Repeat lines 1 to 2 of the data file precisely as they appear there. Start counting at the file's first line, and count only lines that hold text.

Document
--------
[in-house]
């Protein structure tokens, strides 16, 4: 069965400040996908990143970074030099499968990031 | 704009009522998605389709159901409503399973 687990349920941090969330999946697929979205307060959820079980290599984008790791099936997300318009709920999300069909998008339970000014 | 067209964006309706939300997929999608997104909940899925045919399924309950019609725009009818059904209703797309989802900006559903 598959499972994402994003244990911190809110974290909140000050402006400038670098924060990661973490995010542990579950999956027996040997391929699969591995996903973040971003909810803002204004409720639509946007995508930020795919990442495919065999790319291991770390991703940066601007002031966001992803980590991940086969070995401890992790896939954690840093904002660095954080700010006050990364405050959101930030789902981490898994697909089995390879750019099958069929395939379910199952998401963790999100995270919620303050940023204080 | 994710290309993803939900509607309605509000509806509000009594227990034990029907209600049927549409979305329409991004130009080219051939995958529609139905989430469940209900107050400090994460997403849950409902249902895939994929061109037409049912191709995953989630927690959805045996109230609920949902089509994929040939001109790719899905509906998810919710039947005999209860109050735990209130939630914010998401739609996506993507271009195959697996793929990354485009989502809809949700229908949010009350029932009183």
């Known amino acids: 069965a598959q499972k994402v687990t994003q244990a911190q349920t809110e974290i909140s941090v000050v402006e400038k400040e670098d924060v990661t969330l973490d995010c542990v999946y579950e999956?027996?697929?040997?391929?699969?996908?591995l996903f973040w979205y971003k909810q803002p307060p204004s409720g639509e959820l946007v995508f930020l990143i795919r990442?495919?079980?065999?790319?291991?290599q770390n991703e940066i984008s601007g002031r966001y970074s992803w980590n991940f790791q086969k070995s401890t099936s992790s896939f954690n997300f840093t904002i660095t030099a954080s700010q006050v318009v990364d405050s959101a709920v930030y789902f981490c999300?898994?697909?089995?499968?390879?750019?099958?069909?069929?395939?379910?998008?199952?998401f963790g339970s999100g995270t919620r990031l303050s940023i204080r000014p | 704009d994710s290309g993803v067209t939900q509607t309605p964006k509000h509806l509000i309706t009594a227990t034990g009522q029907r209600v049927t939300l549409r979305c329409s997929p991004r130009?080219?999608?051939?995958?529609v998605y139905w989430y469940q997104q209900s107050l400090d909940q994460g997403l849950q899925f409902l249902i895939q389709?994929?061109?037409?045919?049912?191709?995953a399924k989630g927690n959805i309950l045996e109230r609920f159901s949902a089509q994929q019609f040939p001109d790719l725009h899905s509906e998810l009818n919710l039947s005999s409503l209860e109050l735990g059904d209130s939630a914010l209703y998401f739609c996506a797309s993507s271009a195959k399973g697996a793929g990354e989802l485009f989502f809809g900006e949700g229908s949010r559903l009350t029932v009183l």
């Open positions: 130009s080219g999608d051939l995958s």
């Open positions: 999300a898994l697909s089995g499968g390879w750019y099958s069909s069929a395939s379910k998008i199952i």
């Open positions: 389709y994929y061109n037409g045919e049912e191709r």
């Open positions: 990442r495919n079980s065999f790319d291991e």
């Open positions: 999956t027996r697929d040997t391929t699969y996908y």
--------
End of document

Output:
[in-house]
């Protein structure tokens, strides 16, 4: 069965400040996908990143970074030099499968990031 | 704009009522998605389709159901409503399973 687990349920941090969330999946697929979205307060959820079980290599984008790791099936997300318009709920999300069909998008339970000014 | 067209964006309706939300997929999608997104909940899925045919399924309950019609725009009818059904209703797309989802900006559903 598959499972994402994003244990911190809110974290909140000050402006400038670098924060990661973490995010542990579950999956027996040997391929699969591995996903973040971003909810803002204004409720639509946007995508930020795919990442495919065999790319291991770390991703940066601007002031966001992803980590991940086969070995401890992790896939954690840093904002660095954080700010006050990364405050959101930030789902981490898994697909089995390879750019099958069929395939379910199952998401963790999100995270919620303050940023204080 | 994710290309993803939900509607309605509000509806509000009594227990034990029907209600049927549409979305329409991004130009080219051939995958529609139905989430469940209900107050400090994460997403849950409902249902895939994929061109037409049912191709995953989630927690959805045996109230609920949902089509994929040939001109790719899905509906998810919710039947005999209860109050735990209130939630914010998401739609996506993507271009195959697996793929990354485009989502809809949700229908949010009350029932009183």